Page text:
Somewhere on Facebook, I saw an image of a familiar book cover, the cover to James P. Hogan’s 1977 science fiction novel Inherit the Stars. I remember reading it while my wife and I were on vacation in Europe in 1985, traveling with a Catholic choir group (long story).
As with a lot of books I read decades ago, I remember liking it, but I can recall almost nothing of the plot. Yes, it all starts with the mystery of a dead human being found on the Moon, a person 50,000 years old. Intriguing.
I thought about adding it to my list of books to re-read, even though a day ago, I dedicated myself to reading science fiction and fantasy of a more recent vintage.
I was surprised to discover that “Inherit” was the first book in a five-part series. I was also surprised to discover that it was the first book Hogan ever wrote, and that he did so on a dare.
I decided to look up Hogan on the internet. He died in 2010 at the age of 69, just a few years older than I am now.
I also found out he wasn’t a nice man.
For one thing, he insisted that AIDS was caused by drug use rather than the HIV virus, and for another, he was an antisemitic Holocaust denier.
And thereby hangs a tale.
There’s been quite a bit of buzz in news and social media this past week about highly acclaimed poet Alice Walker’s support of an antisemitic author. It all started because she was featured in The New York Times “By the Book” column and was asked what books she had on her nightstand. One of the books was David Icke’s “And the Truth Shall Set You Free.”
I was stunned to find out this highly antisemitic rag has a total of 81% 4 and 5 star reviews on Amazon. I guess 81% of the 110 reviewers of this 2004 publication are heavily into anti-Jewish conspiracy theories.
Anyway, Walker, after being heavily criticized in the news and social media, explained her possession of Icke’s book as wanting to keep informed. She mentioned she also tried to read Hitler’s “Mein Kampt,” “but found it too steeped in German history.”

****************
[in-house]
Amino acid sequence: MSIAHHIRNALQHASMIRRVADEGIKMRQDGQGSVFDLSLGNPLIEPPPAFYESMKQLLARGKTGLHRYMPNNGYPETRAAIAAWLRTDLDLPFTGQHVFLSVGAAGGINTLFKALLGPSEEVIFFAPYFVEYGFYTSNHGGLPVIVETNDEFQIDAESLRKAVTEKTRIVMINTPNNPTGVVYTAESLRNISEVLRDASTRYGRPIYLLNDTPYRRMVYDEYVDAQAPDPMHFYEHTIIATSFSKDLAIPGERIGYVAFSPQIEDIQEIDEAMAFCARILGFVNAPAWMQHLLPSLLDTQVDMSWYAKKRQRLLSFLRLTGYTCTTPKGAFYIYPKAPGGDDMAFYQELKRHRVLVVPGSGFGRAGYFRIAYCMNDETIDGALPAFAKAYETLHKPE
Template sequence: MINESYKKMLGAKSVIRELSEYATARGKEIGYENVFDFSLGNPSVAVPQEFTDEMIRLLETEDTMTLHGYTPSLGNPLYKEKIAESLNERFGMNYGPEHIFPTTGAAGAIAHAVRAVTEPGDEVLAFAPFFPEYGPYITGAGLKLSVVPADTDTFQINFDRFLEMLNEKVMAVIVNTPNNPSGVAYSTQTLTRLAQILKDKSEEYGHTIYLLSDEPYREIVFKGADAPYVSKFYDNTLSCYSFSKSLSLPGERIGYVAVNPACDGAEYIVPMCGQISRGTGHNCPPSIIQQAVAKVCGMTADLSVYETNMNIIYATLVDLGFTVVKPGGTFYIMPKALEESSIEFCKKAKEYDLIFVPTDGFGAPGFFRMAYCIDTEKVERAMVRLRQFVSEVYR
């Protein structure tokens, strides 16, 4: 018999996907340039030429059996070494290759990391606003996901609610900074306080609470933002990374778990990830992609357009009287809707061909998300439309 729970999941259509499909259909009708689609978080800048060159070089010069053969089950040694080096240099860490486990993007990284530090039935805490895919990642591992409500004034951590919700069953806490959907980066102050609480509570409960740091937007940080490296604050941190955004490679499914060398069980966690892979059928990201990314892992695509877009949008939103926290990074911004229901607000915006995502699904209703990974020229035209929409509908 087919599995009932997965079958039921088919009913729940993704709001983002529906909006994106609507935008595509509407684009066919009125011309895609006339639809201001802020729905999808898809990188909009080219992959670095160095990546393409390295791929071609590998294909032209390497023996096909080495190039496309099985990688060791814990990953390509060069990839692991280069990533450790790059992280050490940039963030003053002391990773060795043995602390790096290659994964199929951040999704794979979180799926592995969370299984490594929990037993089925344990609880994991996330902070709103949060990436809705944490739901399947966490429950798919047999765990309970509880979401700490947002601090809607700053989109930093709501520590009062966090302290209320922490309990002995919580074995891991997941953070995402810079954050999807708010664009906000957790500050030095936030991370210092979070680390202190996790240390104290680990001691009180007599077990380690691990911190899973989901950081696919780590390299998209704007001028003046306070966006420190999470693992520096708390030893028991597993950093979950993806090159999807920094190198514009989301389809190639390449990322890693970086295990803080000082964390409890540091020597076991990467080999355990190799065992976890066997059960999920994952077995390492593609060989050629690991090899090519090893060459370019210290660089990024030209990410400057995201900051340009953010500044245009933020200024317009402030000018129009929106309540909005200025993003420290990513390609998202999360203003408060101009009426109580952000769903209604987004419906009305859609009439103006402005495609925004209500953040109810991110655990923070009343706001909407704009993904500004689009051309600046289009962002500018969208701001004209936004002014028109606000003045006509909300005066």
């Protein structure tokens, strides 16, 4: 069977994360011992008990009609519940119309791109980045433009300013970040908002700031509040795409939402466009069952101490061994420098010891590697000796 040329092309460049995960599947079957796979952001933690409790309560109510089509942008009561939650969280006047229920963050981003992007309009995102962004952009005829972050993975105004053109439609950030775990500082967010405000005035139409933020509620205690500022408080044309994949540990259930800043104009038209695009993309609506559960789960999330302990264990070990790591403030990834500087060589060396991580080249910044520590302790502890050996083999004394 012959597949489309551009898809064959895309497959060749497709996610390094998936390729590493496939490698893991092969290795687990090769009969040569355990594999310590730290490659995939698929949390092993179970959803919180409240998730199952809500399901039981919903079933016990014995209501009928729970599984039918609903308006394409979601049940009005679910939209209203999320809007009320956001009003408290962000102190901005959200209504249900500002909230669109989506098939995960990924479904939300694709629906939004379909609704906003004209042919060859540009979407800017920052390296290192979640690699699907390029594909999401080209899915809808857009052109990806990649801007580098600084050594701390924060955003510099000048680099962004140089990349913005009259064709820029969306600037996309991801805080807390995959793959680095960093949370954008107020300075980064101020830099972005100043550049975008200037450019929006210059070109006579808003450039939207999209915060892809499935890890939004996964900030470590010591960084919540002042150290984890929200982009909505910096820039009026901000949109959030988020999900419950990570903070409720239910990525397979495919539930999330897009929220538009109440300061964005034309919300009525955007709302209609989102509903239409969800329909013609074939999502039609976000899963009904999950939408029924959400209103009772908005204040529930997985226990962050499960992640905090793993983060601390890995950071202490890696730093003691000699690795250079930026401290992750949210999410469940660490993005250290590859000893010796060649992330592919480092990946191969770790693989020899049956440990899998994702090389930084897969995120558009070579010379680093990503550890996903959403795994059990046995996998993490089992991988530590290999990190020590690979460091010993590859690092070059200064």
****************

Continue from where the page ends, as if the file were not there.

Of course, she’s Icke’s personal friend, defended his viewpoints, and says the criticism of her is based solely on her support of BDS (Boycott, Divestment, and Sanction) against Israel. Okay, so I’m not going to be a big fan of her politics.
However, her point of reading material that you disagree with (not that she disagrees with Icke) is a good one, and sometimes I partake of books and other information sources I know I probably won’t agree with just to see the other side of the coin.
A couple of days ago, I read a File 770 article called Four Winners Refuse Parsec Awards. Apparently the Parsec Awards are conferred upon outstanding podcasts involving speculative fiction, and it seems that this year, four winners refused their awards because the people over at Parsec stood by their decision to present an award to a person named Edward Champion. According to this twitter conversation, Champion has harassed, bullied, and abused a number of people. The details of his specific behaviors seem thin, though I’m sure if I spent a lot of time at it, I’d dig something up.
However, the problem really reared its ugly head when the Parsec folks wouldn’t remove Champion’s award, stating (according to File 770):
…It is the goal of The Parsecs to judge solely on the merit of the content and not on gender, heritage, religious belief, sexual orientation, politics, or other factors not in the podcast as presented to the audience. To do more would be to fail at our core purpose.